Self-reported dizziness, falls, and self-rated health in a rural population in Denmark

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To investigate associations between dizziness, hearing loss, medication, and self-perceived health in the region of Lolland-Falster in Denmark.

A cross-sectional population-based study using data from questionnaires and physical examinations between February 8th, 2016, and February 13th, 2020. Individuals aged 50 years or above in the region of Lolland-Falster were randomly invited to participate.

Of 10,092 individuals (52% female), the mean age was 64.7 and 65.7 years for females and males, respectively. 20% reported dizziness during the past 30 days, and prevalence increased with age. 24% of dizzy females suffered from falls compared to 21% of males. 43% sought treatment for dizziness. Logistic regression revealed a higher odds ratio of dizziness in groups with poor self-perceived health (OR = 2.15, 95% CI [1.71, 2.72]) and very poor self-perceived health (OR = 3.62 [1.75, 7.93]) compared to moderate self-perceived health. A higher OR was found for seeking treatment for dizziness in the group that had experienced falls (OR = 3.21 [2.54, 4.07]). 40% reported hearing loss. Logistic regression revealed a higher OR for dizziness in the group with severe hearing loss (OR = 2.40 [1.77, 3.26]) and moderate hearing loss (OR = 1.63 [1.37, 1.94]) compared to no hearing loss.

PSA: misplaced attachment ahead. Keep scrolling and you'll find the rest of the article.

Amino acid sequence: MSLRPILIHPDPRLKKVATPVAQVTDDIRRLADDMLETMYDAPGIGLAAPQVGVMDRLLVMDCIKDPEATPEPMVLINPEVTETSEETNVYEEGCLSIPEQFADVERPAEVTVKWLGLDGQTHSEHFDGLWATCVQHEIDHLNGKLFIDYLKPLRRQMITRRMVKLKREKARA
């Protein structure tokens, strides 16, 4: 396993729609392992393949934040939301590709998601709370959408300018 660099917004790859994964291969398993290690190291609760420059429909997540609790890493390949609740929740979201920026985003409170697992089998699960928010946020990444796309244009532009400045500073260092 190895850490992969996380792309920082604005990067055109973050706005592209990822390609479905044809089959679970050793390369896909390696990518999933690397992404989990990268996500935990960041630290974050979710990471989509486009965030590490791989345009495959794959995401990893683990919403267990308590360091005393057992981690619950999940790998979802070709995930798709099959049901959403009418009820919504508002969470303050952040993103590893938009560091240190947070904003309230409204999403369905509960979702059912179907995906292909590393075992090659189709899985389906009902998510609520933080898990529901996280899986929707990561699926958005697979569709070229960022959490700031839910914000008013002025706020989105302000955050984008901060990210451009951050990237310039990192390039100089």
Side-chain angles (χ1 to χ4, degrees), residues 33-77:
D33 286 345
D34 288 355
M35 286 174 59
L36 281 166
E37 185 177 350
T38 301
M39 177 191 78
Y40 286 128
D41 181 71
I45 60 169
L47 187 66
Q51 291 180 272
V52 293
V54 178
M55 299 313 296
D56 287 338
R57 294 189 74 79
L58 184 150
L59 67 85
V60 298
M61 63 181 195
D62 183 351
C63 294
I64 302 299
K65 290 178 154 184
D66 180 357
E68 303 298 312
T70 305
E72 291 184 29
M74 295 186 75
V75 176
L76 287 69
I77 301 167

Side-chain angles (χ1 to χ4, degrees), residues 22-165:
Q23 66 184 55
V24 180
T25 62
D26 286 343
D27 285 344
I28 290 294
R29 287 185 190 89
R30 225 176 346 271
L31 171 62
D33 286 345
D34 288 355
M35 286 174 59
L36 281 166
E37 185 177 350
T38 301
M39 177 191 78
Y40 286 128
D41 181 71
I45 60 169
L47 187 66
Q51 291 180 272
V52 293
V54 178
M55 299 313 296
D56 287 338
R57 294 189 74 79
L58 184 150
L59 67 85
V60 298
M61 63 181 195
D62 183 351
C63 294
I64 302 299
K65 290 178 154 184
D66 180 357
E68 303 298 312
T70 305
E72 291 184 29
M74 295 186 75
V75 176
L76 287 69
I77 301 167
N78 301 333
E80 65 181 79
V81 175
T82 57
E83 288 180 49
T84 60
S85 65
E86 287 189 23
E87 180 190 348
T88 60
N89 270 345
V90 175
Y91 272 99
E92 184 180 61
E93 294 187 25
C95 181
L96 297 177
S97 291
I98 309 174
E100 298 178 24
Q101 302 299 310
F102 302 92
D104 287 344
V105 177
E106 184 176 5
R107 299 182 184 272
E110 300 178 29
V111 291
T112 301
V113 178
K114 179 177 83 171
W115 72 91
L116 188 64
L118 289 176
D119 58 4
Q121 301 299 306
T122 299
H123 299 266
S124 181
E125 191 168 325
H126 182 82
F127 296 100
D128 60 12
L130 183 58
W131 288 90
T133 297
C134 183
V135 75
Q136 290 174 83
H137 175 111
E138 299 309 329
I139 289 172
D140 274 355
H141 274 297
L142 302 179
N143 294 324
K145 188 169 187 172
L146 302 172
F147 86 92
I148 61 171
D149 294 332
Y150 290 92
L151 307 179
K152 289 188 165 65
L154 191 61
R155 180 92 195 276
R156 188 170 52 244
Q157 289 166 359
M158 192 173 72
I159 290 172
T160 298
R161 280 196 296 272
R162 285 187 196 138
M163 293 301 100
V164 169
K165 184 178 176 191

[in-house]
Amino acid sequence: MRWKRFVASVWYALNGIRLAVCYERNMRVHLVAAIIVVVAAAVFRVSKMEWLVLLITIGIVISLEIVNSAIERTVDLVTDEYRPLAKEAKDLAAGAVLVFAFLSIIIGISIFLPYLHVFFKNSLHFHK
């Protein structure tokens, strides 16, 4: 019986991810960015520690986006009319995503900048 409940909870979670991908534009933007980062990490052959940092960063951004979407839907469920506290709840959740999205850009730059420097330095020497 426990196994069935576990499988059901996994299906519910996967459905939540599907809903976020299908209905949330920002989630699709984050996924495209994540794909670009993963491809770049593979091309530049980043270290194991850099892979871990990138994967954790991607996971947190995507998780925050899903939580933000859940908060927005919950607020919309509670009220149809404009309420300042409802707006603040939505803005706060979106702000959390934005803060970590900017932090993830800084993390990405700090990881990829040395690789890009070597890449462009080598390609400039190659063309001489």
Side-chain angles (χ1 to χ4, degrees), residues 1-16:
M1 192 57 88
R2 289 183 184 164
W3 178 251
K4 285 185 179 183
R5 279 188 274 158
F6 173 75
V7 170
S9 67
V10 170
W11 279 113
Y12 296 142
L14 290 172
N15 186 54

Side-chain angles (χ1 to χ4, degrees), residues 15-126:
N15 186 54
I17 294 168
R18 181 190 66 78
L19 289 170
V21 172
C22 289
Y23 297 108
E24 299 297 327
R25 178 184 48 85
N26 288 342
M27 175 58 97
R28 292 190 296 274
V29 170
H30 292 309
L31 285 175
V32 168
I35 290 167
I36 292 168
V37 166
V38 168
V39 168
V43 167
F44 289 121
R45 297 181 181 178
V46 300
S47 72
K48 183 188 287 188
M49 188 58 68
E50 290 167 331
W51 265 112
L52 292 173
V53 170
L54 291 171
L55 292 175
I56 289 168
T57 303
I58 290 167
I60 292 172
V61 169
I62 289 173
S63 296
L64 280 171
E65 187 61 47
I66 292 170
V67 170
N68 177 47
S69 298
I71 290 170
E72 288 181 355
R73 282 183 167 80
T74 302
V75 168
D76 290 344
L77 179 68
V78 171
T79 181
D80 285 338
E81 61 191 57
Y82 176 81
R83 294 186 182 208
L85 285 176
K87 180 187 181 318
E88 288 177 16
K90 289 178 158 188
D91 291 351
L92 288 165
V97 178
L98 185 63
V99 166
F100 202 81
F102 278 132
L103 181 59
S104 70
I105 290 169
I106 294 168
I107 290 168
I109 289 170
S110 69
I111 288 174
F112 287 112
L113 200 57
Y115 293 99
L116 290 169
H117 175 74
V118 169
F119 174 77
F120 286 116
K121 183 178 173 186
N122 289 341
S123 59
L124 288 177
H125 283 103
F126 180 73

One of five participants reported dizziness during the last month. Dizziness was negatively associated with self-perception of good health also after adjusting for comorbidities. Almost half of the dizzy participants sought treatment for dizziness and 21% experienced falls. Identification and treatment of dizziness are important to prevent falls from happening.
TidsskriftEuropean Archives of Oto-Rhino-Laryngology
Udgave nummer12
Sider (fra-til)5329-5337
StatusUdgivet - 2023

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